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One of the potentially frustrating things about switching back and forth between Mac and Windows PCs can be proprietary formats — a key example being Apple's DMGs (disk images). Here's how to extract content from a DMG in Windows 10.
The best option, whenever possible, is using 7-Zip. You probably already have it if you're a Windows regular, since it's a free and convenient way of extracting the more universal ZIP format.
Once Z-7ip is installed, find the DMG file you want to work with in File Explorer and right-click on it. In this case we're using some of Apple's free system fonts as an example.
Mouse over "7-Zip" in the right-click menu, then select "Extract Here" or "Extract files." That should give a choice of where to send extracted material, though by default the app will create a subfolder in your current File Explorer location. Click "OK" once you've chosen a place.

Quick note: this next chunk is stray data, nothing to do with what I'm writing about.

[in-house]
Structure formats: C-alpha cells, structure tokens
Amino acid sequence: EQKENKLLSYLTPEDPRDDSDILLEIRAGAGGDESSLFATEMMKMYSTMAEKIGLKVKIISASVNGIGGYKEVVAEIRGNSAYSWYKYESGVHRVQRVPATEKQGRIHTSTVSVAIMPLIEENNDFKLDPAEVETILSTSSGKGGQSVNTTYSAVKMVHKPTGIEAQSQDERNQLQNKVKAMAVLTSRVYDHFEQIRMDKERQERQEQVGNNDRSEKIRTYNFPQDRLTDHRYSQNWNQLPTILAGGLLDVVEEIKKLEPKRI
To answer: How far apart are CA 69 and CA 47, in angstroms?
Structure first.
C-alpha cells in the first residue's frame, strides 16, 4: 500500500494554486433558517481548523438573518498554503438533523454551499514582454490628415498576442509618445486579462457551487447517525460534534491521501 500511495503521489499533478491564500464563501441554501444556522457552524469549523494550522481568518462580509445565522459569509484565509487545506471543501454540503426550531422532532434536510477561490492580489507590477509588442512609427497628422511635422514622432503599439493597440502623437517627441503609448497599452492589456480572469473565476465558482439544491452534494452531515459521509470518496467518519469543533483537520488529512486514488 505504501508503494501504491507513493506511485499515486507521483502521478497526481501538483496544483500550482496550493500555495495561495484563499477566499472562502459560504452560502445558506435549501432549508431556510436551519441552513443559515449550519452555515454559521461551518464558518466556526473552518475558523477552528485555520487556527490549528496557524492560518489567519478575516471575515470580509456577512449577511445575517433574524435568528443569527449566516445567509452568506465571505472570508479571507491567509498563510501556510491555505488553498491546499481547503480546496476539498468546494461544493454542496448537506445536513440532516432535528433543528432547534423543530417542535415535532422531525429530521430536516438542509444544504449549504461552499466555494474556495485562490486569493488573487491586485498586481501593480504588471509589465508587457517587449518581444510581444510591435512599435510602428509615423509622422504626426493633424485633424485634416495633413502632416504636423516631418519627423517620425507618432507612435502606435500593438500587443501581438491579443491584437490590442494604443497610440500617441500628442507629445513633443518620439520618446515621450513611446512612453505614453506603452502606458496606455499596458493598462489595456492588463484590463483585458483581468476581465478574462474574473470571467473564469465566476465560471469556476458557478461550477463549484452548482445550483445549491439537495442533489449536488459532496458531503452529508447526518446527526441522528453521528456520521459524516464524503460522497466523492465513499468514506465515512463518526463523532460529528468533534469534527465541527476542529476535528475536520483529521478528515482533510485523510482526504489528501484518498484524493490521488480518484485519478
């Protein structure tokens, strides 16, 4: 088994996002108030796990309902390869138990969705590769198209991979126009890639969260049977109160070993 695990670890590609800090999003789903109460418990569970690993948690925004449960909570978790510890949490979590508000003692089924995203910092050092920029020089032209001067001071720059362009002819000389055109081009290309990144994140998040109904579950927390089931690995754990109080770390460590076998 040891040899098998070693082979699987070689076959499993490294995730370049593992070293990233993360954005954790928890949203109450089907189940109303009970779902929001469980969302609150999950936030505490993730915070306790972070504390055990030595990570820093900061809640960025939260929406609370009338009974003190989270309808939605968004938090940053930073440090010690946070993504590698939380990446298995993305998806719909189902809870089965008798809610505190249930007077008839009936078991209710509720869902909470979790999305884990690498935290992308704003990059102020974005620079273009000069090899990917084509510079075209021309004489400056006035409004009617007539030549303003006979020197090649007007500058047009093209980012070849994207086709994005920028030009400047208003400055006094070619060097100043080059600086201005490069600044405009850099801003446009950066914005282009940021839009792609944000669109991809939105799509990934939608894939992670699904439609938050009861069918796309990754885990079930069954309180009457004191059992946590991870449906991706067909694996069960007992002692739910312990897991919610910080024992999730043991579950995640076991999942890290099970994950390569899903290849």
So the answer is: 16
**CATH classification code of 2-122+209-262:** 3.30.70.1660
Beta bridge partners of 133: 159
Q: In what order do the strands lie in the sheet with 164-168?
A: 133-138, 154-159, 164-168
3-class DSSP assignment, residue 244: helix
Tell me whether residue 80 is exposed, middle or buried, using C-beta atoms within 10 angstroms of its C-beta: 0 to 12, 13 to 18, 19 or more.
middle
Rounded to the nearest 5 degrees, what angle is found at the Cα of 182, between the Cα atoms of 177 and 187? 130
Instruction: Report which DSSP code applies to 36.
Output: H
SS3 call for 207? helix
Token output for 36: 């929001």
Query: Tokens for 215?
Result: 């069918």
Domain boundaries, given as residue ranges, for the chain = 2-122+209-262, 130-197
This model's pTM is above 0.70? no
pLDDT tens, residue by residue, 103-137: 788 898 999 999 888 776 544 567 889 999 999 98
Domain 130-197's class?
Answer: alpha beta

There's a good chance you'll have to dive into the new subfolder and run extraction again. With Apple's font DMGs for example, the real meat is buried within an HFS archive, which you'll need 7-Zip for. HFS is a filesystem used exclusively by Macs.
That should be it — you may see a lot of confusing folders and files, but what you want should be buried in there somewhere.
An alternative to 7-Zip is DMG Extractor. Though it's very straightforward we're inclined to recommend using 7-Zip as your first resort, since DMG Extractor has harsh limitations without a paid license. You can't extract more than 5 files from a DMG simultaneously, and it simply won't work with encrypted files or those bigger than 4 gigabytes.
Neither 7-Zip nor DMG Extractor are the ultimate solution, though. There are some DMG files that 7-Zip, nor other alternatives that we've tried will open. For instance, if on the Mac, a end-user license agreement instantly pops up, we've found that most of the time, Windows solutions will choke on these.